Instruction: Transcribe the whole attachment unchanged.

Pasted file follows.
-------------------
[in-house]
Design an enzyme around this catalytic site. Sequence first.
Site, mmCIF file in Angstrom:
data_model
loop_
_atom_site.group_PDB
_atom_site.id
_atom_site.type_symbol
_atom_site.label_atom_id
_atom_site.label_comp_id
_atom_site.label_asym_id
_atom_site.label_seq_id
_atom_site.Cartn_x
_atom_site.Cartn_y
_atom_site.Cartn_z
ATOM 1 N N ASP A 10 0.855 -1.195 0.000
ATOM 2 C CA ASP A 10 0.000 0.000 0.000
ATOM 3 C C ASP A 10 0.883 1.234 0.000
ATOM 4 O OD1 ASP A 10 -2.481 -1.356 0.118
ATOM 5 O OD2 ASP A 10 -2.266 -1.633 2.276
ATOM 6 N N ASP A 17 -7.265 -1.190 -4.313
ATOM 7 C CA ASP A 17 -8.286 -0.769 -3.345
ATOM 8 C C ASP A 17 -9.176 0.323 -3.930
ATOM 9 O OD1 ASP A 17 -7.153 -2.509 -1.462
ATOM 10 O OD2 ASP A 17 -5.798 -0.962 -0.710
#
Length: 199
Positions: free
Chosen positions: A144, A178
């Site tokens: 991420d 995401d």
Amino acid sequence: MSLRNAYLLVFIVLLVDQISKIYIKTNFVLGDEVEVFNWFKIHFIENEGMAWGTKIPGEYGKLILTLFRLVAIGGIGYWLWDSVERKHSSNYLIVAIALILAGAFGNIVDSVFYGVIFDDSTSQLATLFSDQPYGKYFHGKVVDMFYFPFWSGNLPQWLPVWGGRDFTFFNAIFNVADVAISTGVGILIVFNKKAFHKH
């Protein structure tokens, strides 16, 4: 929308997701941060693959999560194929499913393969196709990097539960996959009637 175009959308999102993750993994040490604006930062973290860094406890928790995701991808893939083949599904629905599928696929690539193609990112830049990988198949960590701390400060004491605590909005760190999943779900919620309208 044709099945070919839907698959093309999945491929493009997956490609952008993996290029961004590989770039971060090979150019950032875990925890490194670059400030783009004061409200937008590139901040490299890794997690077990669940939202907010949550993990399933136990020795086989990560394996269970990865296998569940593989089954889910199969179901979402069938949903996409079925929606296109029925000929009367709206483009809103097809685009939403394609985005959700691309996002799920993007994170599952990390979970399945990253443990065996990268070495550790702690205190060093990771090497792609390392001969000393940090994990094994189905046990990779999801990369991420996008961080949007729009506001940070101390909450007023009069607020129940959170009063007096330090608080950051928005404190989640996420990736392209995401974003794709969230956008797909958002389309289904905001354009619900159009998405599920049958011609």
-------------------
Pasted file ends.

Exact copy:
[in-house]
Design an enzyme around this catalytic site. Sequence first.
Site, mmCIF file in Angstrom:
data_model
loop_
_atom_site.group_PDB
_atom_site.id
_atom_site.type_symbol
_atom_site.label_atom_id
_atom_site.label_comp_id
_atom_site.label_asym_id
_atom_site.label_seq_id
_atom_site.Cartn_x
_atom_site.Cartn_y
_atom_site.Cartn_z
ATOM 1 N N ASP A 10 0.855 -1.195 0.000
ATOM 2 C CA ASP A 10 0.000 0.000 0.000
ATOM 3 C C ASP A 10 0.883 1.234 0.000
ATOM 4 O OD1 ASP A 10 -2.481 -1.356 0.118
ATOM 5 O OD2 ASP A 10 -2.266 -1.633 2.276
ATOM 6 N N ASP A 17 -7.265 -1.190 -4.313
ATOM 7 C CA ASP A 17 -8.286 -0.769 -3.345
ATOM 8 C C ASP A 17 -9.176 0.323 -3.930
ATOM 9 O OD1 ASP A 17 -7.153 -2.509 -1.462
ATOM 10 O OD2 ASP A 17 -5.798 -0.962 -0.710
#
Length: 199
Positions: free
Chosen positions: A144, A178
């Site tokens: 991420d 995401d």
Amino acid sequence: MSLRNAYLLVFIVLLVDQISKIYIKTNFVLGDEVEVFNWFKIHFIENEGMAWGTKIPGEYGKLILTLFRLVAIGGIGYWLWDSVERKHSSNYLIVAIALILAGAFGNIVDSVFYGVIFDDSTSQLATLFSDQPYGKYFHGKVVDMFYFPFWSGNLPQWLPVWGGRDFTFFNAIFNVADVAISTGVGILIVFNKKAFHKH
């Protein structure tokens, strides 16, 4: 929308997701941060693959999560194929499913393969196709990097539960996959009637 175009959308999102993750993994040490604006930062973290860094406890928790995701991808893939083949599904629905599928696929690539193609990112830049990988198949960590701390400060004491605590909005760190999943779900919620309208 044709099945070919839907698959093309999945491929493009997956490609952008993996290029961004590989770039971060090979150019950032875990925890490194670059400030783009004061409200937008590139901040490299890794997690077990669940939202907010949550993990399933136990020795086989990560394996269970990865296998569940593989089954889910199969179901979402069938949903996409079925929606296109029925000929009367709206483009809103097809685009939403394609985005959700691309996002799920993007994170599952990390979970399945990253443990065996990268070495550790702690205190060093990771090497792609390392001969000393940090994990094994189905046990990779999801990369991420996008961080949007729009506001940070101390909450007023009069607020129940959170009063007096330090608080950051928005404190989640996420990736392209995401974003794709969230956008797909958002389309289904905001354009619900159009998405599920049958011609």